2. Deconstructing the response – The response from the server is not a singular entity. Instead, it is an amalgam of various files. Typically, these files have information encoded in three languages:  HTML, CSS, and JavaScript. Each set of information plays a pivotal role in shaping the final presentation of the web page.

HTML, short for Hypertext Markup Language, provides the architectural blueprint of a webpage. Similar to the skeletal framework of a building, made with iron bars, bricks, and cement, HTML defines the structure of the page, outlining elements like headings, paragraphs, images, and links. As the cornerstone of web content, HTML is the foundation on which browsers construct the visual layout.

Imagine CSS, or Cascading Style Sheets, to be the interior designer of the digital world. This information imparts style and aesthetics to the HTML structure by controlling attributes like colour schemes, fonts, spacing, and positioning. CSS ensures that the webpage comes into its unique visual identity.

JavaScript is the dynamic engine, making web pages interactive and responsive. Analogous to the electrical system in a building, JavaScript breathes life into static content. It allows interactive elements like pop-ups, forms, animations, and real-time updates, creating an engaging user experience. It also allows the browser to run some scripts and perform simple tasks on a page instead of waiting to receive instructions from a distant server.

3. Rendering – With HTML, CSS, and JavaScript in hand, a browser begins the process of rendering. This involves deciphering the HTML to understand the structural arrangement, applying CSS for stylistic finesse, and executing JavaScript to infuse interactivity. (You can deconstruct the final result on a webpage by right-clicking on the page and selecting ‘Inspect’.)

This process is remarkably swift, assembling the final webpage and presenting it to the user in a cohesive and visually appealing manner in much less than a second, depending on the amount of data. Rendering engines are in themselves a key piece of technology that enable screens to display graphics.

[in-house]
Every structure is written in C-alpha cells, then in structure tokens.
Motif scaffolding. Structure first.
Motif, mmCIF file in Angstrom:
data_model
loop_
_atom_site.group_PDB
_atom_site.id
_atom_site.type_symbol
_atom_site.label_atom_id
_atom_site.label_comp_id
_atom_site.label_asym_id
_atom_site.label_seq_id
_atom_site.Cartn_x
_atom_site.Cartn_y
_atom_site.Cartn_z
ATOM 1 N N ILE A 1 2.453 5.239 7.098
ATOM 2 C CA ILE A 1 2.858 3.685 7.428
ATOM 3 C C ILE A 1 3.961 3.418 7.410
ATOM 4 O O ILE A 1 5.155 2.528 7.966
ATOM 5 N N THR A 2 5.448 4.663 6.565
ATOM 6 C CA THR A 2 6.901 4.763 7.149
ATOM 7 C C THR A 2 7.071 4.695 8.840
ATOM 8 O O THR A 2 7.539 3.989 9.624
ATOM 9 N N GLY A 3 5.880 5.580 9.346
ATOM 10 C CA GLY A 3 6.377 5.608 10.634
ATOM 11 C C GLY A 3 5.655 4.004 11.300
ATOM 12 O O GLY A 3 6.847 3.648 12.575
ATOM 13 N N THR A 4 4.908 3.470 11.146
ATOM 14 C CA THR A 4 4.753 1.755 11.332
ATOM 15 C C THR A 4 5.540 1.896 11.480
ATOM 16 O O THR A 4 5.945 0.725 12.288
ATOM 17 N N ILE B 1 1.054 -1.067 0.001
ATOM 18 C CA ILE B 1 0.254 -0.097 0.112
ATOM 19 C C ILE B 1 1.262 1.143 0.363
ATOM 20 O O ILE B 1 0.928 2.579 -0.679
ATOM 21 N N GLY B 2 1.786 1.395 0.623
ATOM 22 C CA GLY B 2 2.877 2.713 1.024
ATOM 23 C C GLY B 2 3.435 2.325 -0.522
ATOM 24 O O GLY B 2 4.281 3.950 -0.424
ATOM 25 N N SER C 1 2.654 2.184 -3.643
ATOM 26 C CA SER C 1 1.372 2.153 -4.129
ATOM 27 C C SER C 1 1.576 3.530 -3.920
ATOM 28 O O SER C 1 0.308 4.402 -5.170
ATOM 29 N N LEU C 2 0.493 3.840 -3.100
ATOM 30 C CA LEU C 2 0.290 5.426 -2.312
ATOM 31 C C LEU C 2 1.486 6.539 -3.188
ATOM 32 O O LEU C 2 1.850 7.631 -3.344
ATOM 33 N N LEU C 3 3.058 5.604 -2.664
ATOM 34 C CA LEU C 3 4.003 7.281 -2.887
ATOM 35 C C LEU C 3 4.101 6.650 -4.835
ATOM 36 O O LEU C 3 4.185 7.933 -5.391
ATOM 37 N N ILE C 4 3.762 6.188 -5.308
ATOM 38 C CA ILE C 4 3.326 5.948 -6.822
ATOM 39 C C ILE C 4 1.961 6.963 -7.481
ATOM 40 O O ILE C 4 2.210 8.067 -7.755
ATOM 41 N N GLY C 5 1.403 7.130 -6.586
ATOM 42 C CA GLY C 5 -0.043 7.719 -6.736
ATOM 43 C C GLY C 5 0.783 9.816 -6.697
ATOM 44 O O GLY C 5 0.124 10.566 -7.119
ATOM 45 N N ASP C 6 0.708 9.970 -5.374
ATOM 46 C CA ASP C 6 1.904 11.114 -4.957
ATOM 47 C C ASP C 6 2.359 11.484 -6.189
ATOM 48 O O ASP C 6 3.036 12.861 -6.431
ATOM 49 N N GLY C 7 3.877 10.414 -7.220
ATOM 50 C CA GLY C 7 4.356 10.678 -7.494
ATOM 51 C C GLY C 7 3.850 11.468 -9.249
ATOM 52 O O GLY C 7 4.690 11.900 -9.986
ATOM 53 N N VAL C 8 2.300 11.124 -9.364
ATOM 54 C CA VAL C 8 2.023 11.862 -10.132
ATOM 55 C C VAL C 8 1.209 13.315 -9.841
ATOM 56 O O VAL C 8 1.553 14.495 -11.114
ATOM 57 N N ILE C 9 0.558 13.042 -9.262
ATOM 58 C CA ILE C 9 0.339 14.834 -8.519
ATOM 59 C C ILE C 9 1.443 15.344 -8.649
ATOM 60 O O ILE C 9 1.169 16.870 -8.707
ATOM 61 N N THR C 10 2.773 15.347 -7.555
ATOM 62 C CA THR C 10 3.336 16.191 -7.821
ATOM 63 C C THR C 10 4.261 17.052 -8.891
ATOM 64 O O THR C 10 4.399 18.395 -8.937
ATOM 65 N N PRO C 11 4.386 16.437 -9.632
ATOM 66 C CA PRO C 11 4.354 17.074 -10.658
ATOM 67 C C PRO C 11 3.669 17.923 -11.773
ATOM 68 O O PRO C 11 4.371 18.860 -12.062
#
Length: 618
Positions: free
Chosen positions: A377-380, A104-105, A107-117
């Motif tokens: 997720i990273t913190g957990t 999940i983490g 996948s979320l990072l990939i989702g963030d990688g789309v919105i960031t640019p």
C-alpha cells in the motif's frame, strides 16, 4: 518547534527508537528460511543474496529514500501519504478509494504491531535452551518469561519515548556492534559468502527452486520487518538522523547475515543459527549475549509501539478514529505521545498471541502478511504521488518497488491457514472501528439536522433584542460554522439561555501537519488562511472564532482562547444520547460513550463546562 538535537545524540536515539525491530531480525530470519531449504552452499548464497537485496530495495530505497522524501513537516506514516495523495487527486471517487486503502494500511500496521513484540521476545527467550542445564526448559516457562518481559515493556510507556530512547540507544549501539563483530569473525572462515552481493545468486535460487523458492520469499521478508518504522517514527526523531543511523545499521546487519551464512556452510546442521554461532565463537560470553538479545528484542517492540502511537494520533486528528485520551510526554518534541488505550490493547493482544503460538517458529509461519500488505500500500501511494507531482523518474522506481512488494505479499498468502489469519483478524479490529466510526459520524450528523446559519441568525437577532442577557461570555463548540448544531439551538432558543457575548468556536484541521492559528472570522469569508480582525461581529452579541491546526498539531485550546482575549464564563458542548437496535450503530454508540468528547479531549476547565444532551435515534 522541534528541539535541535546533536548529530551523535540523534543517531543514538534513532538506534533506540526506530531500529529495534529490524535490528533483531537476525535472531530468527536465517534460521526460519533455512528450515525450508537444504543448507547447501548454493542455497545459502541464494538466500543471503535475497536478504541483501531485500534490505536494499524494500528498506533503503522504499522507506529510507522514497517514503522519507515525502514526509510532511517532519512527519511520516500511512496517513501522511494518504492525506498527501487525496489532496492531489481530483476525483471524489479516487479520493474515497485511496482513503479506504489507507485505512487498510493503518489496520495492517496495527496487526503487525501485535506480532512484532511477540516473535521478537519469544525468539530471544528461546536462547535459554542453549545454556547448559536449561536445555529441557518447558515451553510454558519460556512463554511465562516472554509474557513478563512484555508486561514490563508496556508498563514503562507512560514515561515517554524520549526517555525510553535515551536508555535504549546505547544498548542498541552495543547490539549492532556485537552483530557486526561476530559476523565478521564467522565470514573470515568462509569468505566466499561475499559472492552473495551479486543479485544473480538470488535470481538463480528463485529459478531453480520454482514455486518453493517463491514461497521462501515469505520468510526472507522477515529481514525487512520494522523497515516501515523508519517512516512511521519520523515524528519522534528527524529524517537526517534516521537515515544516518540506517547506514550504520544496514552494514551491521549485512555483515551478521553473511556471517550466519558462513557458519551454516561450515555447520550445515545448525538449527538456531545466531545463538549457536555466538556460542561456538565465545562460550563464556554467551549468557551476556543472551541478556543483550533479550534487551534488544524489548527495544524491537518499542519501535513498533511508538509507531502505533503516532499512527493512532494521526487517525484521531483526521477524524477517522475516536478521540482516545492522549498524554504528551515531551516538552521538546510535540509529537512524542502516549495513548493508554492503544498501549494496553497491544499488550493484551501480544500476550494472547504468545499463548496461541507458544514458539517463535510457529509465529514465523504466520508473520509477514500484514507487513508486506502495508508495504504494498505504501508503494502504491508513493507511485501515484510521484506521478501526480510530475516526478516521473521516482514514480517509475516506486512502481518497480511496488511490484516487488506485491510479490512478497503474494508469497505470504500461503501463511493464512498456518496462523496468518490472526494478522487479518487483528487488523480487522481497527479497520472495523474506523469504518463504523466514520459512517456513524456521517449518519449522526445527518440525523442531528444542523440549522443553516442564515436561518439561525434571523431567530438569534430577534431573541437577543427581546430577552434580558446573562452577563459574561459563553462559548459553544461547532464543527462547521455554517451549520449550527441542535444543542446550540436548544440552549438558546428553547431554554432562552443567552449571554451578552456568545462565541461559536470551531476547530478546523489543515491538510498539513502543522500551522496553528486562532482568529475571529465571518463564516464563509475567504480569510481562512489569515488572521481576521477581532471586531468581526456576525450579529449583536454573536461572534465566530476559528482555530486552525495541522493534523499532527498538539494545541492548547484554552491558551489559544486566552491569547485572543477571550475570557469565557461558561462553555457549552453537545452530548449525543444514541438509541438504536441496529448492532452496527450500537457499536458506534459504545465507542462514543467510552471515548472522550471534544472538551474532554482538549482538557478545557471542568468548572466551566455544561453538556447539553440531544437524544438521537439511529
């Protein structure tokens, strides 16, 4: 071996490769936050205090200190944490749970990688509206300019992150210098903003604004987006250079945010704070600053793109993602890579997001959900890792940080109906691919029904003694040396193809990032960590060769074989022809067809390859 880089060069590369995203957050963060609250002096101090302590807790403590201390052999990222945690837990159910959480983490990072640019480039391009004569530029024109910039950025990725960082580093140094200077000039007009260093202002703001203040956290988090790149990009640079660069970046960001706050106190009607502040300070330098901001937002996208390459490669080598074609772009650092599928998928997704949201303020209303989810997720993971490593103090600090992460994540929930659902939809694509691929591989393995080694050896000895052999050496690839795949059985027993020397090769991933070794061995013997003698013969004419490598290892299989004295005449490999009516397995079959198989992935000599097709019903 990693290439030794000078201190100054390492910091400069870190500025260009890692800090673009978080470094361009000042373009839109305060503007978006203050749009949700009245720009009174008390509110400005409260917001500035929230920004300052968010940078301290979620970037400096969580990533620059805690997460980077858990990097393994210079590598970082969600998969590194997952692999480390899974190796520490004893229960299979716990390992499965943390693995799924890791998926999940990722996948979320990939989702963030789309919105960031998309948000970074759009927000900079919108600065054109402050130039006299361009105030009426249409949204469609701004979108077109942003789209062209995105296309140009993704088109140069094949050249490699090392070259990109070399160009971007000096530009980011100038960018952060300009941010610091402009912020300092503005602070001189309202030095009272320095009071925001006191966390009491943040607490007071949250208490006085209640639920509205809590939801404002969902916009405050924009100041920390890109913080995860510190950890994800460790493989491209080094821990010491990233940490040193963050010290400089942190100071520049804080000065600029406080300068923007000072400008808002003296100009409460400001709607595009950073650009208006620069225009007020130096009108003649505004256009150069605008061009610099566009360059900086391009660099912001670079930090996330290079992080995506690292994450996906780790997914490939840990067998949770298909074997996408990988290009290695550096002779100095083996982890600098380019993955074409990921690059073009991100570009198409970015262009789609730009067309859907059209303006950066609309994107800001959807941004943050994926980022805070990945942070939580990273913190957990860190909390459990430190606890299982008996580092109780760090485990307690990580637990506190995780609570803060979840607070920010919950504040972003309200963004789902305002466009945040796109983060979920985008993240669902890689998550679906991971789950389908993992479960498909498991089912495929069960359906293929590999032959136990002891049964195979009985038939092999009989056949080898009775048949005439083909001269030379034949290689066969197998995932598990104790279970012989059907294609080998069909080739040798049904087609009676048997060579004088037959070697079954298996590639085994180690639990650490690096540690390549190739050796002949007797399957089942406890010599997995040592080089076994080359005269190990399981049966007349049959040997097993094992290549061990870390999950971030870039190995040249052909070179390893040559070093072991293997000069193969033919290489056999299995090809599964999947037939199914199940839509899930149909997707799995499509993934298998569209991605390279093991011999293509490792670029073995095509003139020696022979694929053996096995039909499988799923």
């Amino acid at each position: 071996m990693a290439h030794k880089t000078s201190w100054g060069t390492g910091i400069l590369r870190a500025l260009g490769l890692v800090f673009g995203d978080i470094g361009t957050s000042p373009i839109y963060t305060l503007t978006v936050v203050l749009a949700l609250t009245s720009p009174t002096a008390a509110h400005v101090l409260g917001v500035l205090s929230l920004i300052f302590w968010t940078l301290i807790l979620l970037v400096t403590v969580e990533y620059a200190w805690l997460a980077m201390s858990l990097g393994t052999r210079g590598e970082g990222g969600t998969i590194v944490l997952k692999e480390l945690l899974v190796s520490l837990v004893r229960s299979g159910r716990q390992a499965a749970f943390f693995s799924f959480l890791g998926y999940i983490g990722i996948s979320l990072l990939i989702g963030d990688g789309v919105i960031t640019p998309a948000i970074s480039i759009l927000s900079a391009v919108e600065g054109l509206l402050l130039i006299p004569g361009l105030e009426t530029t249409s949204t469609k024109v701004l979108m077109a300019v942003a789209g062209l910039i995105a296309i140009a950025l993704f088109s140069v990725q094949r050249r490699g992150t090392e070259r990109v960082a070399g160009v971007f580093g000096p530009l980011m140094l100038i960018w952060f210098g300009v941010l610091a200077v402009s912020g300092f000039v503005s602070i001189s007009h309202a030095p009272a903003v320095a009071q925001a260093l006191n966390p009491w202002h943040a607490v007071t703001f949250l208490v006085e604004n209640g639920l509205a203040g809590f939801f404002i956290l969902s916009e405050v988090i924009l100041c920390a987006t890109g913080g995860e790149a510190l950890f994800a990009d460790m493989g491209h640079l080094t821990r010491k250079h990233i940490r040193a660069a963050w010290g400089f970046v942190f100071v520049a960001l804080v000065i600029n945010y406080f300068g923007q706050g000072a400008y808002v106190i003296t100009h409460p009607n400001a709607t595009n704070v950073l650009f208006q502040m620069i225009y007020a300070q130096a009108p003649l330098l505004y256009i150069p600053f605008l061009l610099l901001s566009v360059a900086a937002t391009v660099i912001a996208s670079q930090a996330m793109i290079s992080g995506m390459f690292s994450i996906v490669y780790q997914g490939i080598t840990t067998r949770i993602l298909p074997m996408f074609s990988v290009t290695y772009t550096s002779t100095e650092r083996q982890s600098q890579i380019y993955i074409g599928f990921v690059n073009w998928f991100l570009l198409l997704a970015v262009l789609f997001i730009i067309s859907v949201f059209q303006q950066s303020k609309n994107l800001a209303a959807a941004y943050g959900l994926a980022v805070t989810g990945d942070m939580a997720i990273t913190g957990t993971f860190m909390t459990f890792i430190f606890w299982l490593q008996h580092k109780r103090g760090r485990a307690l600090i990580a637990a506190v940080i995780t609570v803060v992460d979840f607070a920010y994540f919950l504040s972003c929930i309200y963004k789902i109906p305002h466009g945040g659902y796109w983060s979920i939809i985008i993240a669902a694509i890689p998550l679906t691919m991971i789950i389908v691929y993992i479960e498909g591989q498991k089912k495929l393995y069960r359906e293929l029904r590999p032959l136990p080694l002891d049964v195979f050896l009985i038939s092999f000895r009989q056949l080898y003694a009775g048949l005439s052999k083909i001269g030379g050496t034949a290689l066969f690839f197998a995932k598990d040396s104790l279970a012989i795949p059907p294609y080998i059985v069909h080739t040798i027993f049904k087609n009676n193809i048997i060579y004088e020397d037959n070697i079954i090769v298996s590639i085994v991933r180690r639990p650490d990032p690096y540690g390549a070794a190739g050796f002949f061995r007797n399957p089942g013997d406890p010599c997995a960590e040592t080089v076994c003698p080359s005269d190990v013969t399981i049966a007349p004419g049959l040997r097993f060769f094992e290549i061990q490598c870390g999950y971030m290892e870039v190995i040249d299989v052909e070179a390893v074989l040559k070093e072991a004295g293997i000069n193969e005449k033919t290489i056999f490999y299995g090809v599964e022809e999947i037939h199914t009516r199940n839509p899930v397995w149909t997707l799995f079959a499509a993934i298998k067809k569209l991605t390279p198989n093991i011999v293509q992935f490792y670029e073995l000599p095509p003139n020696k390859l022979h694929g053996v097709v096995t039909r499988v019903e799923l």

4. Managing data – Browsers serve as adept custodians of your digital footprint, so they also implement instruments like cookies and cache to enhance your online experience.

Cookies are small snippets of data stored on your computer by websites you visit. Think of them as digital post-it notes. They retain information such as login status, site preferences, and shopping cart contents. This allows you to navigate seamlessly, without having to re-login to a site when you close and reopen it in a short span of time.

Comparable to short-term memory, the cache is a repository of frequently accessed files. When you revisit a webpage, the browser checks its cache to see if it already has a copy of the required files. If so, it retrieves them from the cache rather than re-downloading them from the server. This accelerates page loading times and conserves bandwidth.

5. Security – Web browsers are also sentinels that guard your digital sanctuary. They use an array of security measures to protect your data as they fly between your computer to various servers, via the internet, and even when they’re stored on your computer itself. They do this by using encryption protocols, such as HTTPS, to create secure ‘tunnels’ for data exchange shielding the information from prying eyes. Browsers also use warning systems to alert you about potentially malicious websites, preventing inadvertent exposure to threats.

What next for browsing?

As technology hurtles forward, web browsers evolve in tandem. They are embracing cutting-edge technologies like WebAssembly, a format that enables near-native performance within the browser environment. Support for virtual reality (VR) and augmented reality (AR) experiences is also on the horizon, promising immersive online interactions. Additionally, privacy features are being bolstered, providing users with greater control over their digital footprint.

In sum, web browsers are the unsung heroes of our digital endeavours, translating code into the dynamic web pages that form the backbone of our online experiences. By unravelling the intricate tapestry of processes that underlie their operation, we gain a newfound appreciation for the seamless magic they conjure with every click.

The next time you open your browser, remember that behind the scenes, a symphony of digital choreography is unfolding to bring you the online world to your fingertips. Happy browsing!

Varun Vohra is a co-founder of, a curated marketplace for home products, and a developer and tech-entrepreneur with 14 years of experience.